• Thu. Jun 13th, 2024

Soldier dad-of-five kicked man in the head outside Thirst club


Aug 5, 2022

A soldier who went to the aid of nightclub bouncers ended up kicking a reveller’s head.

Ryan Barker, a lance corporal with the Royal Signals, was out partying at the Thirst nightclub in Oxford’s city centre on September 16 last year when he launched the attack.

Oxford Magistrates’ Court was told that the victim and his friend had been refused entry to the Park End Street club.

Barker, 27, emerged from the nightclub to smoke a cigarette, saw the two men arguing with the bouncer and told them to ‘stop giving door staff a hard time’.

Concerned the confrontation could escalate, the doorman tried to take the two men away from Barker, he said in a statement.

But the soldier came from behind the bouncer and went into the road, followed by the two other men.

The eventual victim was pushed to the floor, although the doorman believed this was by another man. Once on the ground, Barker, who was wearing trainers rather than boots, kicked the prone victim in the head – rendering him unconscious.

The booted man suffered bruising and grazes to his head, prosecutor Anna Fitchett told the justices.

Appearing before the magistrates’ court, Barker, of Northallerton, North Yorkshire, pleaded guilty to causing actual bodily harm.

He had three previous convictions, including one for assault by beating in 2017.

Mitigating, Angela Porter said her client knew he had acted ‘wrongly’. “He said he doesn’t know why he did it.”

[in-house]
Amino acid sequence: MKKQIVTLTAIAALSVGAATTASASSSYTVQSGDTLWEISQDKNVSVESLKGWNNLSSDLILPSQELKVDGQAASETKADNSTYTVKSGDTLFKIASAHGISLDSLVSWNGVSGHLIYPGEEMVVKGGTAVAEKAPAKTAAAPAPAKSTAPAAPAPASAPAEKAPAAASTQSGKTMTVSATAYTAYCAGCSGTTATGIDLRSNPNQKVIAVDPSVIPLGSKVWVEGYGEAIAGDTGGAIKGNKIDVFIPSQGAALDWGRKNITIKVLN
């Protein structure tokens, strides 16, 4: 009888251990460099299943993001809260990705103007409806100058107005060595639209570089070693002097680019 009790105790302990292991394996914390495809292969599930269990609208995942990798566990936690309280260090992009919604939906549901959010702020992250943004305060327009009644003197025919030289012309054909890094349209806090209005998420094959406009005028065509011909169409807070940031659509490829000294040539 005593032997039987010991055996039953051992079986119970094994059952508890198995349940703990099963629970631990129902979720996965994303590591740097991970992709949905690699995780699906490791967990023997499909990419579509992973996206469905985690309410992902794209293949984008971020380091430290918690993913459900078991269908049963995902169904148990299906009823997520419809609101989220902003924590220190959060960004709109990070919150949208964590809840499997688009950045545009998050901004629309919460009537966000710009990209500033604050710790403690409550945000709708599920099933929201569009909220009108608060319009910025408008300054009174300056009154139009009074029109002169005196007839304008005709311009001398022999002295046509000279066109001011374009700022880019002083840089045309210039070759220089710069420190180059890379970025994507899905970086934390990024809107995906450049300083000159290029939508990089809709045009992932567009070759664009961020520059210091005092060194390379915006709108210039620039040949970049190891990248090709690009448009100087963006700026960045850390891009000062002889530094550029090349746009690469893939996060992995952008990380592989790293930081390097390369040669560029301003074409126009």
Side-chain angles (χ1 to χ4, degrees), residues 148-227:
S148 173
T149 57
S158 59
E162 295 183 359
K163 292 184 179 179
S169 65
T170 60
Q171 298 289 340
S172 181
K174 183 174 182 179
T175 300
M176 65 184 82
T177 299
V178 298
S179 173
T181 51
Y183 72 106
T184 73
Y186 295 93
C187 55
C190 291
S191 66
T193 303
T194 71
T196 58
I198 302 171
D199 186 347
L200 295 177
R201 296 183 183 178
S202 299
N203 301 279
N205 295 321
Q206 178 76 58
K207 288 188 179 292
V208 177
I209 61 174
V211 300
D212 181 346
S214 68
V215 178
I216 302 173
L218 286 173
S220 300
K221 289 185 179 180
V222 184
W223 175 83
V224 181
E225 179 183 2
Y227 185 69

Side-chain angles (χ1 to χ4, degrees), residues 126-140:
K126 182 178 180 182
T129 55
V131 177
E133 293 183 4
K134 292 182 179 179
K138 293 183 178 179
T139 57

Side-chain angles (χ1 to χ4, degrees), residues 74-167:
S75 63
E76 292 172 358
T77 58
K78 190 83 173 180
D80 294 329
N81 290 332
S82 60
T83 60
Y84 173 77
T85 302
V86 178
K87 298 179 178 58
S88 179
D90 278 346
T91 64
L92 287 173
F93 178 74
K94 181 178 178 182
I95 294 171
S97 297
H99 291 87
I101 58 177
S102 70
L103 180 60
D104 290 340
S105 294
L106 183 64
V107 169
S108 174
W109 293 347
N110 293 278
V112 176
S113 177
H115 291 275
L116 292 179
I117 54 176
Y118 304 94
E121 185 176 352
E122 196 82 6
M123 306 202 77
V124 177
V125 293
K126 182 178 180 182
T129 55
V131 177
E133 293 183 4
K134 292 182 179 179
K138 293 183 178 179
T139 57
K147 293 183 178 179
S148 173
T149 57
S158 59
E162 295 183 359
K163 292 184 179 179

Normally based in North Yorkshire, he had been in Bicester for a few weeks in connection with his work for the British Army.

He was a lance corporal in the Royal Signals and was currently responsible for preparing troops ahead of operations in eastern Europe.

His troop commander spoke in glowing terms of the ‘young and talented soldier’, saying the assault was out of character and he had shown genuine remorse for his actions.

Barker was married with three children and had two children from a previous relationship.

The magistrates imposed a four month curfew, requiring him to wear an ankle tag and be indoors from 8pm until 5am daily. He was ordered to pay £500 compensation to the victim of the assault and £180 in costs and surcharge.

Causing actual bodily harm – the charge to which Barker pleaded guilty – carries a maximum sentence of five years’ imprisonment, although the punishments range widely depending on the seriousness of the offence.

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This story was written by Tom Seaward. He joined the team in 2021 as Oxfordshire's court and crime reporter.

To get in touch with him email: Tom.Seaward@newsquest.co.uk

Follow him on Twitter: @t_seaward